Liatris spicata is one of my favorite plants.  The fluffy, purple flowers are reminiscent of something from Dr. Seuss.  Come see it for yourself!

It goes by many different common names (one reason I prefer botanical names) including blazing star, dense blazing star, marsh blazing star, and gay-feather.

Blazing star grows best in moist soil, especially sandy loams, in full sun (1).  I have noticed it does have a tendency to wilt when soil loses moisture, so ensure there is plenty of organic material in the soil when planting.  Dry conditions can also cause the flowers to dry-out before their time.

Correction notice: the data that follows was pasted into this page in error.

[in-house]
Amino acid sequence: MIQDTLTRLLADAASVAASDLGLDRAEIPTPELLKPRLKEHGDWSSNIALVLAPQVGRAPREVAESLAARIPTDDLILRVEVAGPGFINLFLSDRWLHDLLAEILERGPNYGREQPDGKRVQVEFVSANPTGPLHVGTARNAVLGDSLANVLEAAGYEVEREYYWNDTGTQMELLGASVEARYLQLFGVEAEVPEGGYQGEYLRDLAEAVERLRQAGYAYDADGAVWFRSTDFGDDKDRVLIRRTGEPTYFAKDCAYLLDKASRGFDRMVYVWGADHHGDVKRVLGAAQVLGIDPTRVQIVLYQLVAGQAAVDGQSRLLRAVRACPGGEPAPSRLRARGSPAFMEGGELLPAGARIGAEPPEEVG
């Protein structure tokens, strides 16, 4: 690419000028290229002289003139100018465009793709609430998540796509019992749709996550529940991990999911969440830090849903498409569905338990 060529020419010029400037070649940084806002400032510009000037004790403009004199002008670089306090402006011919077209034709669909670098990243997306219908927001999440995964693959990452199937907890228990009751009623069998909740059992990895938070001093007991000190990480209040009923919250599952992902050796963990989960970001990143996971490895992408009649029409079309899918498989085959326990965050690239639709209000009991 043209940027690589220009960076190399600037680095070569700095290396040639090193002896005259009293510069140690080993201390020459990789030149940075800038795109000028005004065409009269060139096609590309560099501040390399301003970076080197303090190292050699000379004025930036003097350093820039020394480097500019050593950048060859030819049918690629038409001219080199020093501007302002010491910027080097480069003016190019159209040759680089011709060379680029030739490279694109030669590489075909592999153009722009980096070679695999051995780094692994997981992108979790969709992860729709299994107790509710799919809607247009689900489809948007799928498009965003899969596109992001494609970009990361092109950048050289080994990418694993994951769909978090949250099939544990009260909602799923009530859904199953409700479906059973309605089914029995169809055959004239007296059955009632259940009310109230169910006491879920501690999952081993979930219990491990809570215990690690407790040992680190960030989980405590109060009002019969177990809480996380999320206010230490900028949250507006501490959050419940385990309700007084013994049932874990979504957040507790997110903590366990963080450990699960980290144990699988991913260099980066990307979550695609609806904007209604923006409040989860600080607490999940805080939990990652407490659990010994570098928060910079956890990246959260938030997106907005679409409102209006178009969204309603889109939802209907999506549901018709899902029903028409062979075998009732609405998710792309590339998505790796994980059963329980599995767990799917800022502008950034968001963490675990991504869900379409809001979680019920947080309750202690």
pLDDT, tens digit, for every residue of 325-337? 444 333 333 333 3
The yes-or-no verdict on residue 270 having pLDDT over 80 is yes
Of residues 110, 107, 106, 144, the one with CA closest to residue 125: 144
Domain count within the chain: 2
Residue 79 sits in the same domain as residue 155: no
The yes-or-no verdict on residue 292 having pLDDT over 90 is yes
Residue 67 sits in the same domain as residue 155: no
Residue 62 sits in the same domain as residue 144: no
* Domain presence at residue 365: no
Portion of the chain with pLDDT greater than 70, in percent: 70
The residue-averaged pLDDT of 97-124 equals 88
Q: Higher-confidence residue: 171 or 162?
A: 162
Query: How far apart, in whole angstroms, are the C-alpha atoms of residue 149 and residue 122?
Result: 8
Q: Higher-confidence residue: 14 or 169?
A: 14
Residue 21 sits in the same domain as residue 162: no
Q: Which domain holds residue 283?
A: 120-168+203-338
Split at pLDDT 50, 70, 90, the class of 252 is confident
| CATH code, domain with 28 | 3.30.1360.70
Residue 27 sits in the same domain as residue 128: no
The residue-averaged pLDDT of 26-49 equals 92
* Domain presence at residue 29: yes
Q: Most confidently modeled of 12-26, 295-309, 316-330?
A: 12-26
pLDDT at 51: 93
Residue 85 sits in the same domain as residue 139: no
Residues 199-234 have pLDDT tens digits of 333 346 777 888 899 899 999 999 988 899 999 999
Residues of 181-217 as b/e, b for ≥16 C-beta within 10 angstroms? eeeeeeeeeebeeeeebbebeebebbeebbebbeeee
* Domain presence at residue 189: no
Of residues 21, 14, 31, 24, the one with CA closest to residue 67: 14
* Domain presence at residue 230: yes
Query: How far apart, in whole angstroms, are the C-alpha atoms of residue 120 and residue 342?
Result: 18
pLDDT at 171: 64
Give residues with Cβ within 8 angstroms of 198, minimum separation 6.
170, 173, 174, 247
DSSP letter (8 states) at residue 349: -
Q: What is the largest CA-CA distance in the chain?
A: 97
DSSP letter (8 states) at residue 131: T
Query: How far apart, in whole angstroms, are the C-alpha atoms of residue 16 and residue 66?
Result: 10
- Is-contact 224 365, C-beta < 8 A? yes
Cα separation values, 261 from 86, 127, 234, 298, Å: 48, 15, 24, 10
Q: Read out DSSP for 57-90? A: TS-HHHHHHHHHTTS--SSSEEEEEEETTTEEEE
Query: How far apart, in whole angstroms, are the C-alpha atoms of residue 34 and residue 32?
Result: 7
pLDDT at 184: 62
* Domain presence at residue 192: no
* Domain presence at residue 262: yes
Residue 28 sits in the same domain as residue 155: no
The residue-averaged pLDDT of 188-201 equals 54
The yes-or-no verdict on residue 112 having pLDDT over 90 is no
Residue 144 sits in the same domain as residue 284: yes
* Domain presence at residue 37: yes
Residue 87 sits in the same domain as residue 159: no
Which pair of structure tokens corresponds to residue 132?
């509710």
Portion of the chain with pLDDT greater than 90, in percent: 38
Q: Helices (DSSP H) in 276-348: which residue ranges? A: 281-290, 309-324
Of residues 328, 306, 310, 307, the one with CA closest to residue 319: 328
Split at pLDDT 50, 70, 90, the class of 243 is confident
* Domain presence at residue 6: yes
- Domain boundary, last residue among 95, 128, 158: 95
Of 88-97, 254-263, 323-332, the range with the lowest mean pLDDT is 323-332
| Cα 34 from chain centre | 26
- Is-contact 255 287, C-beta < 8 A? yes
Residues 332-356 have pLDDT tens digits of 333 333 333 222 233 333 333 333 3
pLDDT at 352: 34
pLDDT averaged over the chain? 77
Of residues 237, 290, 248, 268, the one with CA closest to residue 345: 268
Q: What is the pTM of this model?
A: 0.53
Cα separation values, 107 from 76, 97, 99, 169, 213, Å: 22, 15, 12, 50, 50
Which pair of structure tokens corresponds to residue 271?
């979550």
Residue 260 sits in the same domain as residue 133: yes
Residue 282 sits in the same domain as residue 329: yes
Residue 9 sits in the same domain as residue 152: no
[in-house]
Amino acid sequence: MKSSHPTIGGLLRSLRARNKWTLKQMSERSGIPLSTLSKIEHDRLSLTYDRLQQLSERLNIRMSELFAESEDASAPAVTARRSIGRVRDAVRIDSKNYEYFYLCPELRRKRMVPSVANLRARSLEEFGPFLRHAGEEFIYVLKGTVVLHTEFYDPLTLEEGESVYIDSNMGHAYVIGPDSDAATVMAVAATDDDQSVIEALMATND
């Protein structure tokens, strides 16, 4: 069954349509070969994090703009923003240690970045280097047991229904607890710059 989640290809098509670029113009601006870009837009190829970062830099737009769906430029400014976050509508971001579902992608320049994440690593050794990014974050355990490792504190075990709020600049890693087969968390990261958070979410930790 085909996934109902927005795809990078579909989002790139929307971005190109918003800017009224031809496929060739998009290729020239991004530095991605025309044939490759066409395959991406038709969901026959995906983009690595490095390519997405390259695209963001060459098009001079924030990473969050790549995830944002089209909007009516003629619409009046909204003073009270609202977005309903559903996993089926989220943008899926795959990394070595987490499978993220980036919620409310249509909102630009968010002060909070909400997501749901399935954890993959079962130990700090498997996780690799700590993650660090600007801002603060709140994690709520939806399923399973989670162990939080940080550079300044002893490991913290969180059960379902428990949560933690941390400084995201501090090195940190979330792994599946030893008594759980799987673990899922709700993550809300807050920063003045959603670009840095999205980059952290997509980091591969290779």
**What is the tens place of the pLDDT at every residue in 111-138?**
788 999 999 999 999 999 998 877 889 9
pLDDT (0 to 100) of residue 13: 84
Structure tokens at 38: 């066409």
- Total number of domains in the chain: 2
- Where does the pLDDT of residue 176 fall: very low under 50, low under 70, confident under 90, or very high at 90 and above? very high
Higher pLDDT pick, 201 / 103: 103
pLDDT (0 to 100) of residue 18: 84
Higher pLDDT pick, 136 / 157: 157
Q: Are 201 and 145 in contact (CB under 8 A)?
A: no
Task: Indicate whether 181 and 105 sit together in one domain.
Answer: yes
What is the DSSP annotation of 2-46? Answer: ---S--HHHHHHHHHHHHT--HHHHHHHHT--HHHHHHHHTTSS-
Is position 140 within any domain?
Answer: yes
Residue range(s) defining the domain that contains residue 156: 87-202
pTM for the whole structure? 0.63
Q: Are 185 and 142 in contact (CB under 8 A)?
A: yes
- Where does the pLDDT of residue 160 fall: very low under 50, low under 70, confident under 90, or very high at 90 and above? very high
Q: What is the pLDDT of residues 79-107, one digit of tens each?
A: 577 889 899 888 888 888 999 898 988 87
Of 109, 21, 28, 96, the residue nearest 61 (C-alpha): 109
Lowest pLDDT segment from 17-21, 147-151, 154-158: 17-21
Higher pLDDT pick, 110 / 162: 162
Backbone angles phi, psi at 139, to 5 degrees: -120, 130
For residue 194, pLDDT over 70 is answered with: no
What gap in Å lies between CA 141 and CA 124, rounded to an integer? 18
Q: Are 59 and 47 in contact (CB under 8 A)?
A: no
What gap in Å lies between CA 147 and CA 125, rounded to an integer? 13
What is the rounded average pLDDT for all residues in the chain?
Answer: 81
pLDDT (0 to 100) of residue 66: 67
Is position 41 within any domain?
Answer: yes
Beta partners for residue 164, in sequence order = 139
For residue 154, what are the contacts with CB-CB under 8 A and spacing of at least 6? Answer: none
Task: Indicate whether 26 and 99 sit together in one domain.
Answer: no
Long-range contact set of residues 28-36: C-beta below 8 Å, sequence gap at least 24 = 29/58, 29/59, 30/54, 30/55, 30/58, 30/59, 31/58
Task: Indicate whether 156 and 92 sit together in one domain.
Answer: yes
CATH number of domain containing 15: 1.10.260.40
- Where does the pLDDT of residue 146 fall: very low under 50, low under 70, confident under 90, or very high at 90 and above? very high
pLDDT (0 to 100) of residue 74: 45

Bombus on Liatris (photo by Irene Sadler)

Liatris spicata grows to about four feet high and a foot and a half wide in optimal conditions and blooms from the end of June until August (2).  It looks great in a mass planting and may flop without staking.

Liatris feeds the bleeding flower moth, primrose moth (shown below) and liatris borer moths as well as bees, butterflies, and skippers.

Blazing star feeds the primrose moth, Schinia florida. (photo credit: David Patriquin)

Stop by the nursery when you can, and whatever you do this summer, have fun and stay cool!

References:

  1. http://www.illinoiswildflowers.info/wetland/plants/msh_blazingstar.htm
  2. http://www.missouribotanicalgarden.org/PlantFinder/PlantFinderDetails.aspx?kempercode=d780
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